This Barton Fink article was written by David Lowes, a GIGsoup contributor
The film – produced and directed by Joel and Ethan Coen – is a black comedy about writers’ block, murderers, and fascism, all set in 1940s Los Angeles (or Los Angleles as Barton keeps saying). You would imagine then that Burwell had many headaches over how to score and score well such an off-the-wall film.
Burwell has collaborated with the Coens for every film they’ve made, except ‘O Brother Where Art Thou?’. So when I say that Fink represents some of Burwell’s best work, you’ll understand that is no mean compliment.
The soundtrack may come in at a fairly paltry 14-minutes long (most film soundtracks are around an hour in length), but the trick with Burwell is that it’s applied expertly. From the ‘Fade In’ set in the Los Angleles hotel we get a beautifully understated score. Sounds are very important in Barton Fink everything from the bells in New York to the mosquitos that buzz around the Hotel Earle, so it is important that Burwell doesn’t try to compete to heavily with the soundscape.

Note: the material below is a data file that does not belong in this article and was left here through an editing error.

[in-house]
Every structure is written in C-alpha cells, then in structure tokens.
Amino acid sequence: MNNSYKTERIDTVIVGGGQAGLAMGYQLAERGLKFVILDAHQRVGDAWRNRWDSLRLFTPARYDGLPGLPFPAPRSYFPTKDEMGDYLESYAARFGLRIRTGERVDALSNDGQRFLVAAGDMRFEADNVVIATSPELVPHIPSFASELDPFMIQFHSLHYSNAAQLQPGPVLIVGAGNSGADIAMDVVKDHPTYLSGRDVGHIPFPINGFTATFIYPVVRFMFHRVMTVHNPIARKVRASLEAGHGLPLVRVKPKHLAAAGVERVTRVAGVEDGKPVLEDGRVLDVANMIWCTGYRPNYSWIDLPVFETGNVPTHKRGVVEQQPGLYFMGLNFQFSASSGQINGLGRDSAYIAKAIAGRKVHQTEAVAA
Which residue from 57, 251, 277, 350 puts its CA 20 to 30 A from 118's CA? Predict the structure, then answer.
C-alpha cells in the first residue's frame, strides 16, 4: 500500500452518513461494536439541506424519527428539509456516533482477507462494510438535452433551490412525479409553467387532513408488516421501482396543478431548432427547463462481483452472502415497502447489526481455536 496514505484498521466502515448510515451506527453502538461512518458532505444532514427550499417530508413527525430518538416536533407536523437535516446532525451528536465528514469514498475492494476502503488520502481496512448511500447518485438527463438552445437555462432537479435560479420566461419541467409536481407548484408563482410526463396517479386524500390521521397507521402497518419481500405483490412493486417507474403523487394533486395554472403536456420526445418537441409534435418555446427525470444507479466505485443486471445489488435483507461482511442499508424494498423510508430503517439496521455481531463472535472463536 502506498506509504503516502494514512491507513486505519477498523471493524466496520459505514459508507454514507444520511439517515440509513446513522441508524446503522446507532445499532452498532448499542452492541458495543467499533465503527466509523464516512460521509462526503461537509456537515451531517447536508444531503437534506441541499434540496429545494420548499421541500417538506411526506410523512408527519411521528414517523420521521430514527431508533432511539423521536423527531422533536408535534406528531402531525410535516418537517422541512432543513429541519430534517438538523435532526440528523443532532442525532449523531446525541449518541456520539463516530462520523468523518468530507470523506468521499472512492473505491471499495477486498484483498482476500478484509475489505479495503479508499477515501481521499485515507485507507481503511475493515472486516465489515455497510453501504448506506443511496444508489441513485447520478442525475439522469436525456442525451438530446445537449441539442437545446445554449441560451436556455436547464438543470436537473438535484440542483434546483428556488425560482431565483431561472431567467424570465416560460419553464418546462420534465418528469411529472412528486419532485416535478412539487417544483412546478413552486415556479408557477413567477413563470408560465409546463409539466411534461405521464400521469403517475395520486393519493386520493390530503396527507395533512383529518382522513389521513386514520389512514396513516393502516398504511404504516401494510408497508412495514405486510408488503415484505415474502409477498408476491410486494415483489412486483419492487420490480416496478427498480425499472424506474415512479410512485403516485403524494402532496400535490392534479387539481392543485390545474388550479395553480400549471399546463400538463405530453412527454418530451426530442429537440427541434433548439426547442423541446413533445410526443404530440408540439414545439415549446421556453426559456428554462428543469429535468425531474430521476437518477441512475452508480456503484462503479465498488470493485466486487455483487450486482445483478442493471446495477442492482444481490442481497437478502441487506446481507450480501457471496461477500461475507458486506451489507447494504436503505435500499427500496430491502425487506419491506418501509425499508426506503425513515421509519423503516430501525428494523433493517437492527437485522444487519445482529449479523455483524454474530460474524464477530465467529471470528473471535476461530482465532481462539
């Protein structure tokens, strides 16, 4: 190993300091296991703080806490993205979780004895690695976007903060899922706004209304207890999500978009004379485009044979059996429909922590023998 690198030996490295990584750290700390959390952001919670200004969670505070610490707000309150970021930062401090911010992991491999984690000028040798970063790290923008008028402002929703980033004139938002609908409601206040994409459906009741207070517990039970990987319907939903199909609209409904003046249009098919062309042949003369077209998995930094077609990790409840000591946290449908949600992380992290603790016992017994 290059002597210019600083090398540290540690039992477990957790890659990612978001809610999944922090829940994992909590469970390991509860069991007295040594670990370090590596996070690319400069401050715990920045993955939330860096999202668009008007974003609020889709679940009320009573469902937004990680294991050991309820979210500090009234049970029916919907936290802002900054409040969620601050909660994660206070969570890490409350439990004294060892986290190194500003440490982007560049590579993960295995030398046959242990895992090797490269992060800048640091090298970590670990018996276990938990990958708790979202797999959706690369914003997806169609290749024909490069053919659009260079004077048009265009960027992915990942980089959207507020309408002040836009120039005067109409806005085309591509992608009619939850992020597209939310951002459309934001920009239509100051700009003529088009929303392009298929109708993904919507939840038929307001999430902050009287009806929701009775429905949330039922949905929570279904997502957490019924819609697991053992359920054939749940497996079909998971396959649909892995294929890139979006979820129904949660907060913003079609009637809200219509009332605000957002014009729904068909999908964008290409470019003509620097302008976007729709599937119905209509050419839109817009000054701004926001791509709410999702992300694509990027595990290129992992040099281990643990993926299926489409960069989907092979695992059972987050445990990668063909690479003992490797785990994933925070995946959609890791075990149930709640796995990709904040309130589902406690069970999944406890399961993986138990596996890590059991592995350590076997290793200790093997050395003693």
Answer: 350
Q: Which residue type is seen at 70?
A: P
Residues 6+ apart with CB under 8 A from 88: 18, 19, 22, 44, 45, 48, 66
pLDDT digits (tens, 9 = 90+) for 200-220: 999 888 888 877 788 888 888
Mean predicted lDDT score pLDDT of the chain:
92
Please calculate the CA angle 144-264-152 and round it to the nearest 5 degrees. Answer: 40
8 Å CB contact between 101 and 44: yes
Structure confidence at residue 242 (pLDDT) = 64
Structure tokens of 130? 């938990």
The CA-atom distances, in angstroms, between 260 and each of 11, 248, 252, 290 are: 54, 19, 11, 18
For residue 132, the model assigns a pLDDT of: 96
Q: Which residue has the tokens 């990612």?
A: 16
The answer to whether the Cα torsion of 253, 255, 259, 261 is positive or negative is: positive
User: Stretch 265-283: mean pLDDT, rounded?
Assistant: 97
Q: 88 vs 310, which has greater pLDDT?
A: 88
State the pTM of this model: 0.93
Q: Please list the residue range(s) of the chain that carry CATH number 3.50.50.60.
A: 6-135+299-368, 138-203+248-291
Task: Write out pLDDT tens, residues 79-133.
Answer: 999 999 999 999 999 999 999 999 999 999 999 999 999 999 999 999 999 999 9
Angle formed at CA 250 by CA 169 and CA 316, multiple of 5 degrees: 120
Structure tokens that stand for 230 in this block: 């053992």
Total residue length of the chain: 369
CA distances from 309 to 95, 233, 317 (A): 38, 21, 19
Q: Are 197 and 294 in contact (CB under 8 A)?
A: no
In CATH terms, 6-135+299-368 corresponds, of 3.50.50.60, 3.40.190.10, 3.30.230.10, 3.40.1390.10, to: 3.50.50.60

But at the same time it is important that Burwell builds up the tension for the many twists and turns the narrative takes. It is a job that he does brilliantly. Although Burwell insists that he had no specific inspiration (compare this with the heavy use of Irish folk music in Fargo, and the early-seventies inflection on The Big Lebowski) for the film’s sounds he creates music that is dead-on for every scene, from when Barton checks in to when he meets Lipsnick.
Although you don’t get the musical crescendos you get in other Coen films at the moments of revelation (Fargo, etc.) – hell, you could quite easily miss the soundtrack if you aren’t listening properly. You don’t need them. You get the wonderful sense that the film and the soundtrack conduce perfectly.